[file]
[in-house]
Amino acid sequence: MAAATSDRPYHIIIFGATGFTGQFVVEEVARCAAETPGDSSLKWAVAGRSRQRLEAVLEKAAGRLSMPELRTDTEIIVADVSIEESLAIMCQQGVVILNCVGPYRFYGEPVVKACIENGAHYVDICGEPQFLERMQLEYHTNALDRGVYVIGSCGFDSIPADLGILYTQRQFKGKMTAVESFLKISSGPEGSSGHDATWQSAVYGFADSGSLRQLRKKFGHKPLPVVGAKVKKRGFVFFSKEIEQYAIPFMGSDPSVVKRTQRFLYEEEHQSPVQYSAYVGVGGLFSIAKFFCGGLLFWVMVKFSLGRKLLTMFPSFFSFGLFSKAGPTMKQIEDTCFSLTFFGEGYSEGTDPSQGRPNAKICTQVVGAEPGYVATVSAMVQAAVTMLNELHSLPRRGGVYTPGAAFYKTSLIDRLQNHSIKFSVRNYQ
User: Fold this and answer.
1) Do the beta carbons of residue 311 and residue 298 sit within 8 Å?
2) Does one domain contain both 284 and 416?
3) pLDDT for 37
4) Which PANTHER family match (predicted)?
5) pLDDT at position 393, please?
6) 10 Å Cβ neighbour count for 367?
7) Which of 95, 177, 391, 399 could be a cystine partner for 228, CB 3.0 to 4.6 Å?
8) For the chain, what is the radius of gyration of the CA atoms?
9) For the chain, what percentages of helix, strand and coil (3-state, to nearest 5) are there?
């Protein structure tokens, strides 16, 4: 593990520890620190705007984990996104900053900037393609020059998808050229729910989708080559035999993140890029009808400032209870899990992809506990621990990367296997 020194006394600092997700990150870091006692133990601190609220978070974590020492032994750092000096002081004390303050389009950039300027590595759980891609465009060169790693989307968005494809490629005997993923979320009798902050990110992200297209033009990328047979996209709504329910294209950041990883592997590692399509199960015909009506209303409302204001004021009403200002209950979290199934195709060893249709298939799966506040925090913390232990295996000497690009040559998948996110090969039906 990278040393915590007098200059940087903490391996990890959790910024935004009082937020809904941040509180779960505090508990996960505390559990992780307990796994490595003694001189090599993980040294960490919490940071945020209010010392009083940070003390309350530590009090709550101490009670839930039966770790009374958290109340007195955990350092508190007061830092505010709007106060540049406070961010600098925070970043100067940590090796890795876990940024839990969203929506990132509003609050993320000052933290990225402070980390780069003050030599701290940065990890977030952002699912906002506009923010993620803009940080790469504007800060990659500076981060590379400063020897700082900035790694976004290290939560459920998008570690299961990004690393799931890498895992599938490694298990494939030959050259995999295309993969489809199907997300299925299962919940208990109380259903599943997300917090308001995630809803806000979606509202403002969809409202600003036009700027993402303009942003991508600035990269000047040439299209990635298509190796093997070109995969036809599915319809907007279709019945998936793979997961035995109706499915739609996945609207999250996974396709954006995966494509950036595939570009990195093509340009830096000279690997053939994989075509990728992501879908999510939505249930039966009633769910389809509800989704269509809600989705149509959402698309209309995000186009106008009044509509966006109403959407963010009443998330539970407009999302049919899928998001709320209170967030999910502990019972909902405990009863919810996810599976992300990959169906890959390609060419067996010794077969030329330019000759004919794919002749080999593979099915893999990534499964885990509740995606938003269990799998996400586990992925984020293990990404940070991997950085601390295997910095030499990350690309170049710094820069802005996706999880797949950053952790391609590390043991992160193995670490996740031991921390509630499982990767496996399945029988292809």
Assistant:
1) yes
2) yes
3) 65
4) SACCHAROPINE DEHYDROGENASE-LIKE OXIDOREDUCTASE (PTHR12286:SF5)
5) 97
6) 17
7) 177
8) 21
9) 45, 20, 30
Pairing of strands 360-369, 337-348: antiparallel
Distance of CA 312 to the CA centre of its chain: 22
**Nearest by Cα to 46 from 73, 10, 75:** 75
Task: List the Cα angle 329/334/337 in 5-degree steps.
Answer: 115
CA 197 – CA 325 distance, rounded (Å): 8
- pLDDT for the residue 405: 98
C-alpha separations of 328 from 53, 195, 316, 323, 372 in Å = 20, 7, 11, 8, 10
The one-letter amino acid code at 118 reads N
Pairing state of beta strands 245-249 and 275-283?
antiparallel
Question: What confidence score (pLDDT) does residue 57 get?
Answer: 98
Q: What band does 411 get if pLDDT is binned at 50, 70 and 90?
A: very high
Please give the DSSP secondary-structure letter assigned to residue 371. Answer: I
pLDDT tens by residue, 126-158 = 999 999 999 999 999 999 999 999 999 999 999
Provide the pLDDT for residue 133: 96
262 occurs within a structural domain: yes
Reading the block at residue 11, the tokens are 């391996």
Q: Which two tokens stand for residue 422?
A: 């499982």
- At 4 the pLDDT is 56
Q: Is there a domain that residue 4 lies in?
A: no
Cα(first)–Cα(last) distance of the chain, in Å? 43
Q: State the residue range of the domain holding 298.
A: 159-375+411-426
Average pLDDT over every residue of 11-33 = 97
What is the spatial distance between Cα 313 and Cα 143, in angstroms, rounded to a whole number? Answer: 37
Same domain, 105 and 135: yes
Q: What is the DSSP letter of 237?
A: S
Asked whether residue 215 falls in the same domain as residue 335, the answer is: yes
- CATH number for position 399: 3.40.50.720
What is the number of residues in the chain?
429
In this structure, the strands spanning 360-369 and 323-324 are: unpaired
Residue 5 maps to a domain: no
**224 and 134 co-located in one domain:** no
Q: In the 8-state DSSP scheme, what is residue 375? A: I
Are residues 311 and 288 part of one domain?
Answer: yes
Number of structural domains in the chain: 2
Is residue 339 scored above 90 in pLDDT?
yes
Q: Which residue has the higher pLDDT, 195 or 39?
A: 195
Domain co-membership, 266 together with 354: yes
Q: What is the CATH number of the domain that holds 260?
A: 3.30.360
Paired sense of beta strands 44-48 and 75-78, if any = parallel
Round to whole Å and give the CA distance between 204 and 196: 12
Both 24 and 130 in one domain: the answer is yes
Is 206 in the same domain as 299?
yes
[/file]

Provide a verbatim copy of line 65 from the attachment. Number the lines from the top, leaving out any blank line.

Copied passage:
Are residues 311 and 288 part of one domain?